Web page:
I interviewed, under the watchful eye of Mark St. John (who also wrote the excellent liner notes to the 1998 re-releases of Savage Eye and Silk Torpedo), Phil May, Dick Taylor and Skip Allen on November 21, a couple of hours before they appeared briefly on WNYU and later on performed live during a WFMU record fair simulcast. And the day before they headlined the massive final day of Cavestomp ’98 at New York City’s Coney Island High. I did manage to see their show, and they played a raging blend of rock and roll and psychedelic garage R&B- all from the good old days.
Before getting into things, though, let me point out that interviewing them was like interviewing someone’s grandfather. Or so I thought. More like interviewing someone’s grandfather who never grew up, who never cut his hair; a grandfather who had cool friends like the Stones or the Who, who did really crazy things while a “kid,” and still has the urge to do even crazier things. The scene was a crowded hotel room in Manhattan, and the band was “giddy.” Not only were they eager to discuss anything, including ways of loosening the air conditioner and dropping it out onto the street, but they were excited. Excited to finally really hit America after 35 years!
[We’re in their hotel room after a photo shoot in the hotel’s basement. The interview commences while they’re changing clothes. I heard Phil May sing “Norwegian Wood,” “A Hard Day’s Night” and “Help” as he changed.]
Dick Taylor: I have the new album, I can show it to you, but this is my copy. It doesn’t come out for another few months.
It’s shrink-wrapped already! You know they sell devices for the express purpose of opening shrink-wrapped CDs.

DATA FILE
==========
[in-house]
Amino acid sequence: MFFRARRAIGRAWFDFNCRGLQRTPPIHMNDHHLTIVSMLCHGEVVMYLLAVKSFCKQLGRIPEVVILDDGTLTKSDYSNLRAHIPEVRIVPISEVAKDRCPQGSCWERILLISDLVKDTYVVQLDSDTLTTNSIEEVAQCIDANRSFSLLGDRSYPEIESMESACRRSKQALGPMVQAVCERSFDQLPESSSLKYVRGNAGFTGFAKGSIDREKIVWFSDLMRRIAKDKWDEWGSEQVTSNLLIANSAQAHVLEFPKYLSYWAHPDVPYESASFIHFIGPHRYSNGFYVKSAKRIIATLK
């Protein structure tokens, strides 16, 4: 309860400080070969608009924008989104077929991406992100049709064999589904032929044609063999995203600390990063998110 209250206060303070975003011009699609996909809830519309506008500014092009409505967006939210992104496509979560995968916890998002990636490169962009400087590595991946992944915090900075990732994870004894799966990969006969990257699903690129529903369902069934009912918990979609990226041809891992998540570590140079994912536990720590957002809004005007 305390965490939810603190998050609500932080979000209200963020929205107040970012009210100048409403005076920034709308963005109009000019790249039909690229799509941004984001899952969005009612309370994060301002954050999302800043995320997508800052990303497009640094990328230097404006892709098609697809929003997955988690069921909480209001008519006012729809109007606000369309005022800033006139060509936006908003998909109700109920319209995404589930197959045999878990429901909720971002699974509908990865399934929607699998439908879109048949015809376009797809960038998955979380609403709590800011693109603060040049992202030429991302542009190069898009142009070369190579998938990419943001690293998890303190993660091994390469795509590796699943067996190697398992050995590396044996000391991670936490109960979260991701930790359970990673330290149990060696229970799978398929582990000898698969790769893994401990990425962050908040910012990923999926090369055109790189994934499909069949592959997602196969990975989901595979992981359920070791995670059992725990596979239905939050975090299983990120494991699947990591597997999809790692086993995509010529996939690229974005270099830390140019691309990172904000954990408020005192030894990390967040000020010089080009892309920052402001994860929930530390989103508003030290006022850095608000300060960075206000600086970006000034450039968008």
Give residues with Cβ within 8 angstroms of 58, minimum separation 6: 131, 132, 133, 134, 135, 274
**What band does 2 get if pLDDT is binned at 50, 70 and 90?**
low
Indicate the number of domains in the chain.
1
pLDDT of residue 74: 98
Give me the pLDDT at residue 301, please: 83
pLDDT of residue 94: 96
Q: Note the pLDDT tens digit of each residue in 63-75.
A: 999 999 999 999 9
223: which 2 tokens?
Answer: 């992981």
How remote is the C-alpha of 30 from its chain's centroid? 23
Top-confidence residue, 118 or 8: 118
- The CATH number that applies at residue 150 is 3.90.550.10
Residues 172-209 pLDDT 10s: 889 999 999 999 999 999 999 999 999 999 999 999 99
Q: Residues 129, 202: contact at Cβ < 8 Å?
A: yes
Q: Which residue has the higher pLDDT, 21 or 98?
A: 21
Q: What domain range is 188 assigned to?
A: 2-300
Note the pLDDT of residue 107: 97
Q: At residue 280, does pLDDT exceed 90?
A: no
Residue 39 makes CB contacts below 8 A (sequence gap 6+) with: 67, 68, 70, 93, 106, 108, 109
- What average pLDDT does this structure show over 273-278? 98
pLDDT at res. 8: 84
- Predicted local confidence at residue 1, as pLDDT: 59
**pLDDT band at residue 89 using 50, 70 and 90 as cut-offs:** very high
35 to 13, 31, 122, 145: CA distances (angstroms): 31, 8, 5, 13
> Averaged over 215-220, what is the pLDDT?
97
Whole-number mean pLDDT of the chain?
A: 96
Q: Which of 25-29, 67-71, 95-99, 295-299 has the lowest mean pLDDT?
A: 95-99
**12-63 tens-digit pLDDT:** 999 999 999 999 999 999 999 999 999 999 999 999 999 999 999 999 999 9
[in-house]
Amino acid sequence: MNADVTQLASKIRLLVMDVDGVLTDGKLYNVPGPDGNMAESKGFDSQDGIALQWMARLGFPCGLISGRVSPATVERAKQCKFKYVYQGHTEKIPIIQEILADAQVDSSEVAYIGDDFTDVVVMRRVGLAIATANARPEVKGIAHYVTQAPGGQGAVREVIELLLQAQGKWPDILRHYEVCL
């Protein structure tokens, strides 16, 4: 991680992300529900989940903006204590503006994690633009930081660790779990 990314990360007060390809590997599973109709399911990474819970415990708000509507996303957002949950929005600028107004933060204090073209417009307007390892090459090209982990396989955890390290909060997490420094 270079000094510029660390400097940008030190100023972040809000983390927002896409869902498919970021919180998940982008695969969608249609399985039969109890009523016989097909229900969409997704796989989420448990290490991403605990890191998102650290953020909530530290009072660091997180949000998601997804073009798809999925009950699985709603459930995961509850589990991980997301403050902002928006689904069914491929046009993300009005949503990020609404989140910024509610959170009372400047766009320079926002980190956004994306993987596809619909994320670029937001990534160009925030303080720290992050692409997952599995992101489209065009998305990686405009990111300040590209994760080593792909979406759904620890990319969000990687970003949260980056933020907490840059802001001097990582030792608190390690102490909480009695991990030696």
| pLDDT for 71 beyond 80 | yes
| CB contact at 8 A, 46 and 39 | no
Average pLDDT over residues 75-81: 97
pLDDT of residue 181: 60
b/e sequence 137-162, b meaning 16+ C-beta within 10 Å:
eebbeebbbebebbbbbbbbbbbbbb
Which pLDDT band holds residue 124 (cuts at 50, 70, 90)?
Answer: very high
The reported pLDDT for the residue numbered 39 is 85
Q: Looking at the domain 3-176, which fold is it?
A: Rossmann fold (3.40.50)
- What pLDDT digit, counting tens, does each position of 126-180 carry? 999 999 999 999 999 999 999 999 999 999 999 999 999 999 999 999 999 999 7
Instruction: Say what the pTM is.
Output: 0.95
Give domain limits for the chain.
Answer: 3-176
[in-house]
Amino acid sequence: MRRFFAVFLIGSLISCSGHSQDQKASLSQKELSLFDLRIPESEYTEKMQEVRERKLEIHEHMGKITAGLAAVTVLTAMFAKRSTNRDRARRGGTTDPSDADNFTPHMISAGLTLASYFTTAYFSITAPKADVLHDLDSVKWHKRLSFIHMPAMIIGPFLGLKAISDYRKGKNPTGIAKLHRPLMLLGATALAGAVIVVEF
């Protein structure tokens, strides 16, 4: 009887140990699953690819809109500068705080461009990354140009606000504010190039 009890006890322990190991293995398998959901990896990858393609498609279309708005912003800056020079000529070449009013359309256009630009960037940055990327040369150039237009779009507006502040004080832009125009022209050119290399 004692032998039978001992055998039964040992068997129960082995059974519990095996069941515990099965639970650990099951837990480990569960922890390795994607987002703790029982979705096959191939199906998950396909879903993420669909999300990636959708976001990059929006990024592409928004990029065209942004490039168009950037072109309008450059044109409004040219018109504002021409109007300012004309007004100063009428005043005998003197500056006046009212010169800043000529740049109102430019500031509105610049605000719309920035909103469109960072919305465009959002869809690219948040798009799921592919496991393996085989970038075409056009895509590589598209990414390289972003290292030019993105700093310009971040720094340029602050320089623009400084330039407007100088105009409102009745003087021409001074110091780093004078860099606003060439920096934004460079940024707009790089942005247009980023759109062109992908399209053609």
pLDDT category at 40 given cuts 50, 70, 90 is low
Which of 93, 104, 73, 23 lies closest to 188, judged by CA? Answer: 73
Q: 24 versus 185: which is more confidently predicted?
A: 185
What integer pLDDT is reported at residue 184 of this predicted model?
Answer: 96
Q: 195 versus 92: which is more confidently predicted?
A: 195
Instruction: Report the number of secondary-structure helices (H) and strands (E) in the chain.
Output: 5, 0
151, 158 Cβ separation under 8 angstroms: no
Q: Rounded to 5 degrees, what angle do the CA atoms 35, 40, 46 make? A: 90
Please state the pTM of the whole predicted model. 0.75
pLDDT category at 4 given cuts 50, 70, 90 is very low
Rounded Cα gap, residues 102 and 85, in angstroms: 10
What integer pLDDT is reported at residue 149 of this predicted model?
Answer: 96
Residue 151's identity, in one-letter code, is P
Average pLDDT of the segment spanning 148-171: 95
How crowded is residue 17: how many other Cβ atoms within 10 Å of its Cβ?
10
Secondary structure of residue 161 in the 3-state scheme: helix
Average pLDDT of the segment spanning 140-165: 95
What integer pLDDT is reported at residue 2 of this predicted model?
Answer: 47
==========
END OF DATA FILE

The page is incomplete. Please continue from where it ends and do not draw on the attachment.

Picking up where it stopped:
Dick: Well, what you do is simply aim for that crack.
Phil May: I’ve been doing that all my life…
Dick: I know…
Phil: It’s got me in all sorts of trouble. [To manager Mark St. John, who’s outside:] … Just putting the wheels on my skateboard!
I found out how old you gentlemen are.
Phil: Well, I lied about my age.
So you really aren’t 32?
Phil: Take an inside leg measurement, that’s how you really find out.
Do you have any children to share the joys of rock stardom with?
Dick: I have children, 10 and 13.
Phil: You have ten children?
Dick: No, a “brace.”
Phil: When you shoot pheasant, two isn’t “I’ve got a brace.” If you shoot two, and it’s a cock and a hen, it’s a brace. Two cocks isn’t a brace.
There is no way I would have known that.
Dick: It’s a real rock and roll answer…
[In comes Skip Allen with manager Mark St. John. Skip has a video camera with him and immediately starts filming. Phil starts singing the Stones’ “We Love You,” I think… ]
Skip Allen: Maybe we can interview each other.
I’ve always considered myself the most un-photogenic human being in the world…
Skip: I’ll just get a quick atmosphere of the room.